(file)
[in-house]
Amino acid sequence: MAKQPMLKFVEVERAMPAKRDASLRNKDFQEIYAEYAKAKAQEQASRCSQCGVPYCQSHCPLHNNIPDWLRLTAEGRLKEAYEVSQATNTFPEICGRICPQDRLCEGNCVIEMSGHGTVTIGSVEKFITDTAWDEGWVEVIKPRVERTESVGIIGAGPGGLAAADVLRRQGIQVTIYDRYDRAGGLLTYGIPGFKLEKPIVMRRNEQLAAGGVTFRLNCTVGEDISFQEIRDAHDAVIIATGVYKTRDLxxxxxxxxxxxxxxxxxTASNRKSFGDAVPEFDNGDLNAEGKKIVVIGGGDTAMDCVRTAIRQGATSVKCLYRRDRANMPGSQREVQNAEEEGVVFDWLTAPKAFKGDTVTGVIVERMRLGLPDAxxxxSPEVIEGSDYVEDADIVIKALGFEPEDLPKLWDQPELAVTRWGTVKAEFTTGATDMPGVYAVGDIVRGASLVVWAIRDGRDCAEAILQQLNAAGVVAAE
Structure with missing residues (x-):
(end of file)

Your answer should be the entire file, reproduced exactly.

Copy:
[in-house]
Amino acid sequence: MAKQPMLKFVEVERAMPAKRDASLRNKDFQEIYAEYAKAKAQEQASRCSQCGVPYCQSHCPLHNNIPDWLRLTAEGRLKEAYEVSQATNTFPEICGRICPQDRLCEGNCVIEMSGHGTVTIGSVEKFITDTAWDEGWVEVIKPRVERTESVGIIGAGPGGLAAADVLRRQGIQVTIYDRYDRAGGLLTYGIPGFKLEKPIVMRRNEQLAAGGVTFRLNCTVGEDISFQEIRDAHDAVIIATGVYKTRDLxxxxxxxxxxxxxxxxxTASNRKSFGDAVPEFDNGDLNAEGKKIVVIGGGDTAMDCVRTAIRQGATSVKCLYRRDRANMPGSQREVQNAEEEGVVFDWLTAPKAFKGDTVTGVIVERMRLGLPDAxxxxSPEVIEGSDYVEDADIVIKALGFEPEDLPKLWDQPELAVTRWGTVKAEFTTGATDMPGVYAVGDIVRGASLVVWAIRDGRDCAEAILQQLNAAGVVAAE
Structure with missing residues (x-):